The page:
Growing tired of repeated motions for amendments that would dilute the bill, on May 1, 2019, Committee Chair Nadler forwarded the Equality Act back to the floor of the House for an official vote. Hoping to avoid another series of pointless amendments, Democrats limited amendments through a Closed Rule, meaning that debate would be timed and limited.
On the same day that the Rules Committee laid out the rules for voting/debate on the Equality Act, Democratic representative Mary Gay Scalon brought the amended Equality Act before the House with Resolution 377: “Providing for consideration of the bill (H.R. 5) to prohibit discrimination based on sex, gender identity, and sexual orientation, and for other purposes” One day later, on May 15, 2019, the motion to reconsider the Equality Act was laid on the table and Agreed to without objection before it was brought to a chamber-wide vote. With all of the necessary pieces in place the Democrats and a handful of Republicans passed the Equality Act on May 17, 2019, by a recorded vote of 236 to 173. Even though the Equality Act had managed to pass the House, it would face another battle in the senate to become a federal law.
Sen. Elizabeth Warren on how to ensure that the Senate approves the Equality Act: “I’m just going to be blunt. We’ve got to have some more Democrats in the Senate” #EqualityTownHall https://t.co/bfA29KUNco pic.twitter.com/PXaJk760iG
— CNN (@CNN) October 11, 2019
After being passed in the House, the Equality Act was received in the Senate amended to accompany the unamended version introduced by Democratic Senator Merky Jeff from Oregon in March of the same year; where the bill would undergo the legislative process completed in the House all over again. To have a shot at passing the bill in the Senate and overcoming the infamous filibuster, the Democrats will have to convince at least 13 Republican senators to vote alongside them. The Republican-controlled Senate led by Mitch McConnell, however, seems to be determined to prevent any further action on the Equality Act.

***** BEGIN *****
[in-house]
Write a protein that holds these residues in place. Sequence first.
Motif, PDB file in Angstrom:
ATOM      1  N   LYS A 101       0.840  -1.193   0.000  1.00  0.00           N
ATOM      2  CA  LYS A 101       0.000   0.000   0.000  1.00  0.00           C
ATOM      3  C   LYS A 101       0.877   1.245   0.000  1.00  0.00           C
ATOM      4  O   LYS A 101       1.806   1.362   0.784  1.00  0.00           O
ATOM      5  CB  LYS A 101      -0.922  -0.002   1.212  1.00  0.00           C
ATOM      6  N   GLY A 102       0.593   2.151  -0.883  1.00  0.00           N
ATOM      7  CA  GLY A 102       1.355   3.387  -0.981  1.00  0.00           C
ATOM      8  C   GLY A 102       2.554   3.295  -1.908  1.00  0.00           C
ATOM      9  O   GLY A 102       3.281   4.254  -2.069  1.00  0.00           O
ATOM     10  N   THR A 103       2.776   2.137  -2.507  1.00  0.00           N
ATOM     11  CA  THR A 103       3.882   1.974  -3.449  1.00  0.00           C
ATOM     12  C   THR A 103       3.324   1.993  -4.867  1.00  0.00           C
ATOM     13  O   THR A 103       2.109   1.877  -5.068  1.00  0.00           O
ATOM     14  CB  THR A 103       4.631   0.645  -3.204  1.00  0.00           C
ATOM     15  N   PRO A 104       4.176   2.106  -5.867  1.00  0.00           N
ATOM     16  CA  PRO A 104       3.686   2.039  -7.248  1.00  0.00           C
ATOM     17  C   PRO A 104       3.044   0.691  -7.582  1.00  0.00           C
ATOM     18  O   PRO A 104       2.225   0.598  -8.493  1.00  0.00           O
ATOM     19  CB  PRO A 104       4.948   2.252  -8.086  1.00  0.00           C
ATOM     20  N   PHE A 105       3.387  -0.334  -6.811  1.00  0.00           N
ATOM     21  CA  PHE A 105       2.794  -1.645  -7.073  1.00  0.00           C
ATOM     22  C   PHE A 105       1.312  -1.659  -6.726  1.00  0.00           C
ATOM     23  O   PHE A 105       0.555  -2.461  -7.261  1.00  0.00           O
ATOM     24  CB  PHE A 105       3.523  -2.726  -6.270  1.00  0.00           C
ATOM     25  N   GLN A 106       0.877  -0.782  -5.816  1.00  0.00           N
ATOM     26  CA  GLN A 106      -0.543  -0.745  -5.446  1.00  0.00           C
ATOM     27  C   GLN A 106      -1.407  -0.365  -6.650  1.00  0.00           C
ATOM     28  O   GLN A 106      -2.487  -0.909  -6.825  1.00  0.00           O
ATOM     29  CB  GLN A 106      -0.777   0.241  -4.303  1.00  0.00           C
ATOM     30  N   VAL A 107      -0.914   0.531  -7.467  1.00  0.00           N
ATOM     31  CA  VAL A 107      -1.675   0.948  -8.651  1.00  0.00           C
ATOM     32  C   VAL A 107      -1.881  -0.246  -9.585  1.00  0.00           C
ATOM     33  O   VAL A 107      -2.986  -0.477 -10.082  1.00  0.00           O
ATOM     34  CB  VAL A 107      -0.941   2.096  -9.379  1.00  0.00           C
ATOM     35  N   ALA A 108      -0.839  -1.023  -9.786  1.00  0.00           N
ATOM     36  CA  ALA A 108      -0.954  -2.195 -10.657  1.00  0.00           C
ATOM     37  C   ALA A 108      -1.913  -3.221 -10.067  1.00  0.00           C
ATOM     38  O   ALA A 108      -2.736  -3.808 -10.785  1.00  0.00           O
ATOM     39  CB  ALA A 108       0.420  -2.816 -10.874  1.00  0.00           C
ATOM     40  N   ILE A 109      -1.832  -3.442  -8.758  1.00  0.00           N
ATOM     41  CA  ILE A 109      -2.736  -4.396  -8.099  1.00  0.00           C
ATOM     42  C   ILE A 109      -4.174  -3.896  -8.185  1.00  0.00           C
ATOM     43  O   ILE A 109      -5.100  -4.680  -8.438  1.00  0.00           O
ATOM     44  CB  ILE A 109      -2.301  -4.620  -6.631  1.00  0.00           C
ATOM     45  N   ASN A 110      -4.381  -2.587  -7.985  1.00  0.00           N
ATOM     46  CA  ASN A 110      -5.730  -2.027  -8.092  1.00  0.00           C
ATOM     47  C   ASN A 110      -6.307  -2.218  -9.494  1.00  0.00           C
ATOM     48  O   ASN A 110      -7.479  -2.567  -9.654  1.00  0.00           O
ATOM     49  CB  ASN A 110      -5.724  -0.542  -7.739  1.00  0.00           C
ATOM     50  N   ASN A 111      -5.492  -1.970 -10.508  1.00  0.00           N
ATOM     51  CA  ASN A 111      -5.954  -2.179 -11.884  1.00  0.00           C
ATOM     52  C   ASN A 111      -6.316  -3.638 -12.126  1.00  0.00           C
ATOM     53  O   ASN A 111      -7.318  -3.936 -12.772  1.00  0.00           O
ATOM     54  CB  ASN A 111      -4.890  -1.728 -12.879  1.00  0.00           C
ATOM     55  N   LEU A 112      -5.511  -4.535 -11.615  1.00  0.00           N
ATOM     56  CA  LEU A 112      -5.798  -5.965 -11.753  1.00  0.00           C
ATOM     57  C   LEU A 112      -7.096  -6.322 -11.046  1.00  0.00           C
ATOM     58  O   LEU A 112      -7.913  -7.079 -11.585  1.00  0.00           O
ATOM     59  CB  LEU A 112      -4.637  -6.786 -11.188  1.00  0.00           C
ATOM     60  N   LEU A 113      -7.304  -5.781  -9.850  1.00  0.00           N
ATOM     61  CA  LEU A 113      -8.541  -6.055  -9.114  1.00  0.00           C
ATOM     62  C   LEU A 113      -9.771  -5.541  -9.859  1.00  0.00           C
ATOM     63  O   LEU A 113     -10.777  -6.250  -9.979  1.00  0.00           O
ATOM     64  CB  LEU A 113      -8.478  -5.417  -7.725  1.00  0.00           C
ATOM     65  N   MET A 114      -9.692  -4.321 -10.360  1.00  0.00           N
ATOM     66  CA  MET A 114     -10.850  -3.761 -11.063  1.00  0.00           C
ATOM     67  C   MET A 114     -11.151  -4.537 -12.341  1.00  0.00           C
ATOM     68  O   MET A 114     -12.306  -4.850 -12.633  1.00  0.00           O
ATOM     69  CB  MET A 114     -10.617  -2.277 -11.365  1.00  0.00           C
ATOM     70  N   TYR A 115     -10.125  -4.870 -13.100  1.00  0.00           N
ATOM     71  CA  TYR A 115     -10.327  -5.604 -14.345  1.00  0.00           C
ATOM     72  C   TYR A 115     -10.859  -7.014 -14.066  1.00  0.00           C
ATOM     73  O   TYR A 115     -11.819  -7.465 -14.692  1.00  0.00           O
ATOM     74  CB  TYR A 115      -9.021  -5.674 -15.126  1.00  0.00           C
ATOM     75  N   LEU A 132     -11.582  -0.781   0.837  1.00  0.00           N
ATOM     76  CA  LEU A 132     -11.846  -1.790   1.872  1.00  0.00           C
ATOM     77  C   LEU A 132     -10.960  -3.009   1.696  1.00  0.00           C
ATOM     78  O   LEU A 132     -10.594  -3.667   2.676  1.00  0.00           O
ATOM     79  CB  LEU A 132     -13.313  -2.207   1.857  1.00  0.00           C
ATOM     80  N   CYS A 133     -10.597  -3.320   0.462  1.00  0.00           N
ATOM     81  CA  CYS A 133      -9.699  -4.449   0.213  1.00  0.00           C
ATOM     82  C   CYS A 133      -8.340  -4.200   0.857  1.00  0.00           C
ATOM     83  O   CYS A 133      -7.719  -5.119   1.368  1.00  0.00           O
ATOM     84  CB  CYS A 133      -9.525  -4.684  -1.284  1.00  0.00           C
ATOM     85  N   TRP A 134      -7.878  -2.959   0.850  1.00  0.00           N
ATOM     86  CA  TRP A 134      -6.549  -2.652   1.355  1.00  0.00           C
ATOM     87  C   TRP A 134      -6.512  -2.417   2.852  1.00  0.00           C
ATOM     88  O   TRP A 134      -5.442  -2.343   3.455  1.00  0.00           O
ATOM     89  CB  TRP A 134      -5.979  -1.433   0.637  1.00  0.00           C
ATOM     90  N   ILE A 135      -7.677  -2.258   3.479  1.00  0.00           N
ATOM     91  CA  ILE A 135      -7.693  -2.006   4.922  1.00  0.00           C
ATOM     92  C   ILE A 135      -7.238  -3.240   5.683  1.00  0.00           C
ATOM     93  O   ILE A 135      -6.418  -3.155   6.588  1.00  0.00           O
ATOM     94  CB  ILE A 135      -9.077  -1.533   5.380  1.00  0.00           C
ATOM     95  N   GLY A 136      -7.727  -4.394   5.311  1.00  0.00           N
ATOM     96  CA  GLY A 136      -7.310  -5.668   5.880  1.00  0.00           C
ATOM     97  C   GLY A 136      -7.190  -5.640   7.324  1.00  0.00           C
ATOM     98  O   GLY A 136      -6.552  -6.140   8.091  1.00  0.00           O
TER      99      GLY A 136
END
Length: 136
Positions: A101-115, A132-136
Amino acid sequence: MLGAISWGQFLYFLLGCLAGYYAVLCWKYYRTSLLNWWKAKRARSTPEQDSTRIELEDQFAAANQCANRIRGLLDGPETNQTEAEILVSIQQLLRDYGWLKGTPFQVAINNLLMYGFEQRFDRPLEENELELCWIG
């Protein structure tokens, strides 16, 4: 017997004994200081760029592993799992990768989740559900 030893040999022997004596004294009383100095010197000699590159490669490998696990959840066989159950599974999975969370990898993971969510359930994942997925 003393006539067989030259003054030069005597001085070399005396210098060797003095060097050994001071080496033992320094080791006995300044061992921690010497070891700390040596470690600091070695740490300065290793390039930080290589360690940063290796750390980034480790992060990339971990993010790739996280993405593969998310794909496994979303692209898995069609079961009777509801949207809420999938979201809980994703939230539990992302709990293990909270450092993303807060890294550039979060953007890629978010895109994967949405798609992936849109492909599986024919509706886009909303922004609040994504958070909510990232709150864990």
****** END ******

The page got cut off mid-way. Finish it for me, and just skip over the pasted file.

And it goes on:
As such, the bill has remained untouched in committee for over a year without any markups or committee hearings. Nevertheless, the Senate Democrats have repeatedly called for Majority Leader Mitch McConnell to hold a vote or take some action in regards to the Equality Act, but their pleas have gone largely unheard. Despite the fact the Equality Act has technically not been dismissed by the Senate, it would require a shift in the composition of the Senate to receive any further congressional action, which seems unlikely to happen. As such, the Equality Act has been stalled indefinitely or “killed in the water.” A piece of legislation with such great promise for furthering LGBTQ protections and civil rights has been, put simply, cast aside by partisan politics and political pandering.
You may be wondering, now what? What can I do to help? The fate of the Equality Act rests firmly in the hands of not only the Senate, but the office of the president. Come election time, we must make sure that we are going out to vote for candidates who support the Equality Act and other forms of legislation that protect the LGTBQ+ community. What’s more, we must mobilize those around us to support politicians not only in our own states or districts, but throughout the country who will progress the fight for equal protections of the LGBTQ community under the law.
Changing the American political system, or even getting legislation passed, is often slow. Nevertheless, we must make our demands for equality heard at every level of government and across party lines; the fate of the Equality Act and the quality of lives of millions of members of the LGBTQ+ community lay in the balance.
Ty Gamble-Eddington is a GLAAD Campus Ambassador and Senior at Union College studying political science and history. He serves in numerous capacities on campus promoting diversity and inclusion while exploring the intersectionality of race, class, and sexuality. Ty is an avid advocate for the rights of marginalized communities, serving on both the the LGBTQ+ committee and the diversity liaison committee at Union. Ty is also a Junior Editor for GLAAD’s digital platform Amp.